Exterminate! 
Posted: 26 October 2013 01:35 AM   [ Ignore ]
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Over here in England’s green and pleasant land, the Government is trying to control bovine tuberculosis by culling badgers, which are a vector for the disease. This is a highly controversial policy, and resistance to it is led by the Royal Society for the Prevention of Cruelty to Animals (itself a highly controversial and political body, these days). The RSPCA has just been rapped over the knuckles by the Advertising Standards Agency for publishing an advertisement with the headline ‘Vaccinate or Exterminate?‘; this of course is factually untrue as there is no intention to wipe out the species, only control its numbers. According to The Times (which annoyingly is subscription-only online, so you’re going to have to take my word for it), the RSPCA defended the use of the word exterminate by saying that ‘the word was commonly used to mean killing on a massive scale’.

Is it? I honestly don’t believe I’ve ever heard or seen exterminate used in that sense; to my ears the word always carries the clear meaning ‘wipe out, extirpate’. What does everyone else think?

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Posted: 26 October 2013 03:47 AM   [ Ignore ]   [ # 1 ]
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The OED entry for exterminate is over a century old and thus no good for determining current usage. But the Shorter Oxford Dictionary (2007) defines it as:

destroy utterly, kill, (a person or other living thing); kill all the members of (a race, sect, nation, etc.); make extinct; put a complete end to (an opinion).

No mention of “to kill in large numbers.”

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Posted: 26 October 2013 12:47 PM   [ Ignore ]   [ # 2 ]
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Ideologues do tend to go in for hyperbole as when PETA unforgivably juxtaposed photos of animal carcasses and Holocaust victims and lost a lot of support as a result.

But when the Daleks cried “Exterminate!” were they referring to their immediate targets or were they expressing a longterm policy regarding the entire human race? (I always loved those Daleks except for the toilet-unblocking appendage.) Exterminate! is far more memorable than Destroy! or Kill!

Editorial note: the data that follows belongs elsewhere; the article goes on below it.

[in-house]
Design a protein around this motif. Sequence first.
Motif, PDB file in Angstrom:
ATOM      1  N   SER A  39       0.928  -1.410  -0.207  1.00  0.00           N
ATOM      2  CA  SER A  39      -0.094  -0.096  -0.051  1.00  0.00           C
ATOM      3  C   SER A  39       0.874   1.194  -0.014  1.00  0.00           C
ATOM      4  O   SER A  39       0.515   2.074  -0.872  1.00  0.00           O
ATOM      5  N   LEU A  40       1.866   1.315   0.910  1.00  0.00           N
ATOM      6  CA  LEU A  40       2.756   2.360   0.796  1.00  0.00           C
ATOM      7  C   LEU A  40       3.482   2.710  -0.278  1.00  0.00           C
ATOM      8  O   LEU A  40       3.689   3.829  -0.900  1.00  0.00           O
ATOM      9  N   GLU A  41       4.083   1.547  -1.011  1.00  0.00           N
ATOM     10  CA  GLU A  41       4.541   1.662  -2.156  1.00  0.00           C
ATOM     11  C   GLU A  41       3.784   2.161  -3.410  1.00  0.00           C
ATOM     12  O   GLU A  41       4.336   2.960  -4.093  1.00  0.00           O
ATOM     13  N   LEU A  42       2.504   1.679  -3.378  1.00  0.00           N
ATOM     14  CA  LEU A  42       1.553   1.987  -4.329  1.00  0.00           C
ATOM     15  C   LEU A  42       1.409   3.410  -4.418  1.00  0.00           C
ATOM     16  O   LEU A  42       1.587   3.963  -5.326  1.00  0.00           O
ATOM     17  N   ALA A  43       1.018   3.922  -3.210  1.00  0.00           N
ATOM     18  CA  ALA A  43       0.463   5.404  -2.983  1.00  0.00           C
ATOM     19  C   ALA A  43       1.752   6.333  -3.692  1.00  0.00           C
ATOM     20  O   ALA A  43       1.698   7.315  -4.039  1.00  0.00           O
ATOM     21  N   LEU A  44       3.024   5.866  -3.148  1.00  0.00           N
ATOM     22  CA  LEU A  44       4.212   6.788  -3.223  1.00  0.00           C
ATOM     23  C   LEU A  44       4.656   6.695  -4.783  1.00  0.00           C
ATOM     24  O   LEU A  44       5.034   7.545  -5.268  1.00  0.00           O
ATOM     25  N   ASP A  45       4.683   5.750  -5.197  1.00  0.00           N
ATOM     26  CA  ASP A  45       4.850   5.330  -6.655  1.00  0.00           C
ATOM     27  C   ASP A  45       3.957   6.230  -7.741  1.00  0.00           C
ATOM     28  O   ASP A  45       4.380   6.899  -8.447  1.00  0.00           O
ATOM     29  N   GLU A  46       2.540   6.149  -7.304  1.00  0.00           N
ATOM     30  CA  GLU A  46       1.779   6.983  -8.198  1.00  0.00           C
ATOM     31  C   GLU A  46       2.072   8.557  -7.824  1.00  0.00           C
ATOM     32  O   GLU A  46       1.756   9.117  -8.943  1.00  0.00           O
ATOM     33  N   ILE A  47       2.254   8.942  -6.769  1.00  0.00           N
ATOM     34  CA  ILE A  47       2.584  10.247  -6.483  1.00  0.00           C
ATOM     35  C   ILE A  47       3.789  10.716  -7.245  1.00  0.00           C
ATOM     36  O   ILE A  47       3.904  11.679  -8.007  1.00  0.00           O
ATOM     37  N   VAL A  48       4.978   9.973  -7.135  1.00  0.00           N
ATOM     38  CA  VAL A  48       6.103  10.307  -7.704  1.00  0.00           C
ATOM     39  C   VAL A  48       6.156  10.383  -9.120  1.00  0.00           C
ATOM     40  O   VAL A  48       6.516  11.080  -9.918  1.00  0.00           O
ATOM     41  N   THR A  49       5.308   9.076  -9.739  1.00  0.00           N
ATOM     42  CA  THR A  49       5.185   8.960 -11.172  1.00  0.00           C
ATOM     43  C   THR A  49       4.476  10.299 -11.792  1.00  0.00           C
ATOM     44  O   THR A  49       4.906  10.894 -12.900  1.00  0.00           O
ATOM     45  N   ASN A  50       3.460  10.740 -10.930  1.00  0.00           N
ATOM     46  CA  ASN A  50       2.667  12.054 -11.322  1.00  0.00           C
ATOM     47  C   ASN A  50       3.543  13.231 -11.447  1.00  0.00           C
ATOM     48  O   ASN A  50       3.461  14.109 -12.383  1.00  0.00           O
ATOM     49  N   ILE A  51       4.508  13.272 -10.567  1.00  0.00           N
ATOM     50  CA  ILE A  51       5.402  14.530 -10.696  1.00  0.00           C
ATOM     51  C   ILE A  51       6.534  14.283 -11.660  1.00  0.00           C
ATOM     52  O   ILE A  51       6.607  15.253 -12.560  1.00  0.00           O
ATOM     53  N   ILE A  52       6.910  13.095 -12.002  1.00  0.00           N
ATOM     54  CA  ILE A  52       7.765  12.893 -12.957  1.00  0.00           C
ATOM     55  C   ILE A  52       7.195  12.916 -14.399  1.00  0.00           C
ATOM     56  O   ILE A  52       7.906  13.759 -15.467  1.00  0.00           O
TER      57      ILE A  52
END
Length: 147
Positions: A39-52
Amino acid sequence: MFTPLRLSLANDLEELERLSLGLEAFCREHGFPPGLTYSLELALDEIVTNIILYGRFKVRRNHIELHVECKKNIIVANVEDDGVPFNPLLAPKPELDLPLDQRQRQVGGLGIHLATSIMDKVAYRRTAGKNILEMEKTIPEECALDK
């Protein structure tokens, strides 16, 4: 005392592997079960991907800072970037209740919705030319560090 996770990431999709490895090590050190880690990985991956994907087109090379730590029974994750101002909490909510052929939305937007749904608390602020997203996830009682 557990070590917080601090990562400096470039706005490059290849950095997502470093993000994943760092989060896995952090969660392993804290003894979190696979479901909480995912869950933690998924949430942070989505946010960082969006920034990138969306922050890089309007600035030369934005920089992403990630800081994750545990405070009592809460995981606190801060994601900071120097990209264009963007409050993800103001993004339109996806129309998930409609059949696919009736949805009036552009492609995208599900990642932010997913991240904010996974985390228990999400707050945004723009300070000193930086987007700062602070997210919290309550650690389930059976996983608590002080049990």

Googling “insect exterminators” mainly throws up pest control companies and devices for killing limited numbers of insects/pests. Perhaps you can exterminate all the badgers within a given area.

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Posted: 26 October 2013 08:15 PM   [ Ignore ]   [ # 3 ]
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When you call for a pest exterminator, you only hope they destroy the pests at your property, not eradicate the species…

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Posted: 26 October 2013 11:38 PM   [ Ignore ]   [ # 4 ]
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Anybody who is disseminating propaganda, uses words after the manner of Humpty Dumpty (“when I use a word, it means just what I choose it to mean - neither more nor less”). One lot wants to kill 70% of all badgers without getting anybody upset—so they call killing “culling”, which doesn’t sound nearly as drastic. The other lot want to prevent killing of badgers altogether if possible, so they use the nastiest word for “killing” that they can think of, and appear to suggest that “vaccinate” is a viable alternative strategy. I don’t know if vaccination (of whom? Badgers? Cattle? Humans?) really is a viable alternative strategy. Does anybody?

In the world of PR, Humpty Dumpty is King.

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Posted: 27 October 2013 02:46 AM   [ Ignore ]   [ # 5 ]
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When you call for a pest exterminator, you only hope they destroy the pests at your property, not eradicate the species…

But you hope they destroy all the pests at your property (i.e., the “nation” of pests that lives on your property). You’re seeking to utterly destroy a population. There is nothing about extermination that requires it to be global.

Lionello’s point is a good one. I find the difference in the British and US speech laws fascinating. This would never be legal issue in the States, where advertising is largely unregulated. False claims about a product will get you in trouble, and certain classes of products that are highly regulated, notably pharmaceuticals, have tight restrictions on what ads must and cannot say, but short of libel, obscenity, or advocating the violent overthrow of the government, public service and political ads are free to say pretty much anything.

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Posted: 27 October 2013 04:30 AM   [ Ignore ]   [ # 6 ]
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To be fair the Advertising Standard Authority has no statutory powers of enforcement, so theoretically the RSPCA could tell the ASA to go pee up a rope. Most advertisers do however toe the line and it’s certainly true that there’s a chill on press and speech freedoms in the British air at the moment.

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